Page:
Published : 9th April 2005
I am, as usual, having a disagreement with our engineers. We own our own genny (800 amp, 3 phase Crawford). For some months now I've noticed a pulsing in the video when we use HMI's with the genny. It is difficult to see if there is a lot of detail in the picture but easy to see on a scope if there is an area of solid color. The video level rises and falls about 5ire about every 1 1/2 seconds (that's a guess, I haven't timed it). It is a constant, even pulsing. I believe the genny is out of phase and expect the engineers to fix it. They, as usual, are reluctant to do anything that might be regarded as work.
Last week one of them suggested running the cameras shutter until the pulsing dissappeared. Since I knew this wouldn't work I tried it. Unfortunatelly it did work. Running the shutter at 60 hz eliminated the problem. OK, 60 hz with a genny makes sense but I still think the genny is out of phase. But since the problem is now fixed as far as the engineers are concerned, I need anoth
er argument to get them to work on the genny.
Any suggestions? Or am I wrong?
Production photographer, Williamsburg. VA
>The video level rises and falls about 5ire about every 1 1/2 seconds >(that's a guess, I haven't timed it). It is a constant, even pulsing.
Firstly, I'm guessing you're using magnetic ["iron"] ballasts? [i.e. NOT "flicker free".]
Rather than out-of-phase I suggest your generator is off speed. Very slightly.
If your estimate of "every 1 1/2 seconds" is close then I'd say the genny is running either at 60 2/3 Hertz or 59 1/3 Hz.
Get your engineers to measure the frequency with an accurate frequency meter. Or set up two similar HMIs, one off mains and the other off the genny. Look for any beating between the two sources!
BTW, at this very moment there is a similar discussion going on on CML-Lighting, although more concerned with "flicker free" [high frequency electronic] ballasts.
Perth, Western Australia.
You don't say what HMI's you're using, whether they are magnetic or electronic ballast; what you're shooting with, video or film; what frame rate you're shooting at 24, 23.98, 29.97, 30 or 59.94.
I'll take a stab and guess: you're shooting standard 59.94 interlaced video with magnetic ballasts. If you search the archives of CML you will see several discussions about this issue and you will note that 23.98, 29.97 and 59.94 are not safe shutter speeds for non-flicker free HMI's. The fact that you tested with the camera shutter in 1/60 sec. and the problem went away is more proof that the camera is shooting at something out of sync with your lights/generator. If your camera(s) does true 24P or 30P try that speed and see if your problem changes.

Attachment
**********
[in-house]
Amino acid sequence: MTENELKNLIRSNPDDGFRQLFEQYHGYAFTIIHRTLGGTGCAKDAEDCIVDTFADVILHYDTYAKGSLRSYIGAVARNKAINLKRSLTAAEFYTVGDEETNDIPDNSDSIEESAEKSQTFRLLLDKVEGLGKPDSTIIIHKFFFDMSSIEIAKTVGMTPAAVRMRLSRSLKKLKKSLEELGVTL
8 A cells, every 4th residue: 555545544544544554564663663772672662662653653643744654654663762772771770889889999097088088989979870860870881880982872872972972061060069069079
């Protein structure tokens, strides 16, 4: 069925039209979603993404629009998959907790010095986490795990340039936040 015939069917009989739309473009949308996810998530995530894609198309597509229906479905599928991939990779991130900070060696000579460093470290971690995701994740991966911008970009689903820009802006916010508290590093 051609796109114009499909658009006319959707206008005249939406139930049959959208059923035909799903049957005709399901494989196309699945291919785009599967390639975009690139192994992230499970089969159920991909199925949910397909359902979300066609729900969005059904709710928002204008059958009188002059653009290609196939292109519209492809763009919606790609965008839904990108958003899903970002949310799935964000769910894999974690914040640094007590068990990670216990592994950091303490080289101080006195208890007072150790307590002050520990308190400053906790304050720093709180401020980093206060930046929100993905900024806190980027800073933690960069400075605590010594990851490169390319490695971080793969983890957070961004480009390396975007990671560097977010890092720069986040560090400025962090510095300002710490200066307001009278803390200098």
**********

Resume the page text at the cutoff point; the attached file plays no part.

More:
Also, if you're convinced the gene is out of whack, get a freq meter and use it on your lights to determine what frequency the HMI's are running at. (see the other HMI problem thread currently running on cml-lighting)
Again, check the CML archives, this has been discussed many times.
DP in LA
Thanks Randy, and your guess was correct, magnetic ballasts and an SD camera, no 24P or 30P. I'll check out the threads you suggested.
Pete Roberts writes :
> magnetic ballasts and an SD camera,
Just so it's clear, the culprit isn't exactly the SD video camera,
you'll get the same thing with a Sony F900 or Varicam if it's running at 23.98P or interlaced 59.94.
A quick rule of thumb for HMI's is this: if your shutter speed doesn't divide evenly into 120 then you don't have a safe speed - i.e. 120/24 =5 hence a safe shutter speed. 120/60=2 a safe shutter speed.
120/59.94=2.002...... not a safe shutter speed.
Careful not to confuse frame rate with shutter speed.
59.97 interlaced is indeed not a "safe" frame rate, which is why you need to use an HMI-safe shutter speed, and/or use the clearscan function.
Sorry, as usual my fingers were going faster than my brain. What I intended to say was - magnetic ballast and a camera operating at 29.97.
By the way Clive,
I think you've nailed it. On occasions that I've had HMI's running off both the genny and mains, only the fixtures on the genny pulse. That's why I thought the problem was with the genny. Now I just have to persuade the engineers to check and fix it.